Seventy-four percent of the company's 2009 revenue came from military sales, according to published reports.
Lockheed Martin's products included the Trident missile, P-3 Orion spy plane, F-16 and F-22 fighter jets, and C-130 Hercules military cargo planes among many other major weapons systems.
The company is a primary developer of stealth technology used in U-2 and SR-71 reconnaissance aircraft, the F-117 fighter jet as well as the F-22 and F-35 Joint Strike Fighter designs.
The corporation's 2010 sales from continuing operations reached $45.8 billion.
However, the stealth Joint Strike Fighter program has faced delays and cost overruns, and the Pentagon overhauled the program last year.
The initial estimate for each F-35 Joint Strike Fighter aircraft was $50 million eight years ago, but more recent estimates were up to $92 million.
Meanwhile, NASA announced last week that a new spacecraft to ferry humans into deep space would be based on designs for the Orion crew exploration vehicle built by Lockheed Martin.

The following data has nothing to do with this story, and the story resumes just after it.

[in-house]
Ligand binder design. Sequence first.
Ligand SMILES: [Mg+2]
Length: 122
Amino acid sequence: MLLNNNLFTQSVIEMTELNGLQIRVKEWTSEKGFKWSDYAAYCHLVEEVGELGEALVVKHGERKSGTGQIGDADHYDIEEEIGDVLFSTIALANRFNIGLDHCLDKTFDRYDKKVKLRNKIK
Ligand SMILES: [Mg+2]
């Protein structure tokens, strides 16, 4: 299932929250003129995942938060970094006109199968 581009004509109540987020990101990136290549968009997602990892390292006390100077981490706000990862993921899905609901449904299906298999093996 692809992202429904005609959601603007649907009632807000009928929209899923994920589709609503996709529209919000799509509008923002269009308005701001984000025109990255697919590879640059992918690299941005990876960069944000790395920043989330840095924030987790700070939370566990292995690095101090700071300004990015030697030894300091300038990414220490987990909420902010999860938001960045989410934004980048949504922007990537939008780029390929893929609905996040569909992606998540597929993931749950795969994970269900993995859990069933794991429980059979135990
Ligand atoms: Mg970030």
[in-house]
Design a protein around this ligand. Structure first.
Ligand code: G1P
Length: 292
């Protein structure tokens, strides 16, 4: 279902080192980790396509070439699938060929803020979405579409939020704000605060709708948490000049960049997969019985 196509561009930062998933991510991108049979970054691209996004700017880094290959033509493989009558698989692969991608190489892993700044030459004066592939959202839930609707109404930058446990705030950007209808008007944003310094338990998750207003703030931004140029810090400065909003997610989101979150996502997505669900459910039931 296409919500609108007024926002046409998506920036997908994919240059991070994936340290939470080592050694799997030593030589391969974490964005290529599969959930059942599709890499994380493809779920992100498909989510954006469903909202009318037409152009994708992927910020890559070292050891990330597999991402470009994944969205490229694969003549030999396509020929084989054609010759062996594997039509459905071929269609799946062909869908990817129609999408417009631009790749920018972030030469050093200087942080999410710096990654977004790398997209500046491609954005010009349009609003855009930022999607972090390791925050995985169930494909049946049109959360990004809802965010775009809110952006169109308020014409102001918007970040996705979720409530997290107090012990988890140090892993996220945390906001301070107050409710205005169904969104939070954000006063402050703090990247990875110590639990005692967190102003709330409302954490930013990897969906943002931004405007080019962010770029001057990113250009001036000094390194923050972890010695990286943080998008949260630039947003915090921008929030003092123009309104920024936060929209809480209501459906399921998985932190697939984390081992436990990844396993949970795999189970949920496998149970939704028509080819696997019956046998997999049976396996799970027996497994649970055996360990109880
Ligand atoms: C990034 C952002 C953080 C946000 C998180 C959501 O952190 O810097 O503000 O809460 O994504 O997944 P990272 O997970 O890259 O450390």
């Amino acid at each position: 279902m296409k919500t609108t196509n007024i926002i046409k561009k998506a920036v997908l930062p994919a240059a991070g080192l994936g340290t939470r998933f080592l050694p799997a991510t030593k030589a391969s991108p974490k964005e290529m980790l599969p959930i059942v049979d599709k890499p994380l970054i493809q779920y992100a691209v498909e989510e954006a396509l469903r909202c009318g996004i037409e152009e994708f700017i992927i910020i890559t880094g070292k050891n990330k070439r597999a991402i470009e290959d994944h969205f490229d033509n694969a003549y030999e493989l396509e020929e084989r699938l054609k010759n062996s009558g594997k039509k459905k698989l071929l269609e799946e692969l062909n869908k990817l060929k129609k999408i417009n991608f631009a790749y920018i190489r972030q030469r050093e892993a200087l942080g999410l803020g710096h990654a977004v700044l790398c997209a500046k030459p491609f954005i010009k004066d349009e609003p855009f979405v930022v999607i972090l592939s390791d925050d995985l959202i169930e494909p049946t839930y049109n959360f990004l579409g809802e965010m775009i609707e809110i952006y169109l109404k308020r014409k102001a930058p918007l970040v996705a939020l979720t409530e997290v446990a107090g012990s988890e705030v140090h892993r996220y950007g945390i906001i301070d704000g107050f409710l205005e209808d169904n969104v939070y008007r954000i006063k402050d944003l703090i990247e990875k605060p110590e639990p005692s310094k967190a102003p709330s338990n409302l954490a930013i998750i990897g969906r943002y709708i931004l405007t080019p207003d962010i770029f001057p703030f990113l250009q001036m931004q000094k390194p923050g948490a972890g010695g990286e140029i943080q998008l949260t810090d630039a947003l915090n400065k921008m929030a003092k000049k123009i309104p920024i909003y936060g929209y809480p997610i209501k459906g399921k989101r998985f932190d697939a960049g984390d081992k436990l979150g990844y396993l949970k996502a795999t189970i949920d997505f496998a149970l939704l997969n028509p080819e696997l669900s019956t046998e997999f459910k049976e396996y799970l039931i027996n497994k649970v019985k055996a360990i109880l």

The Orion capsule, originally designed to take astronauts back to the moon, is a surviving component of the Constellation manned space exploration program canceled by Obama last year for being behind schedule and over budget.
The capsule will weigh 23 tons and NASA has no date set for a potential launch, said Douglas Cooke, associate administrator for NASA's exploration systems mission directorate.
There is also no final cost associated with the project.
Lockheed Martin is to continue its work on building the space capsule begun in 2006.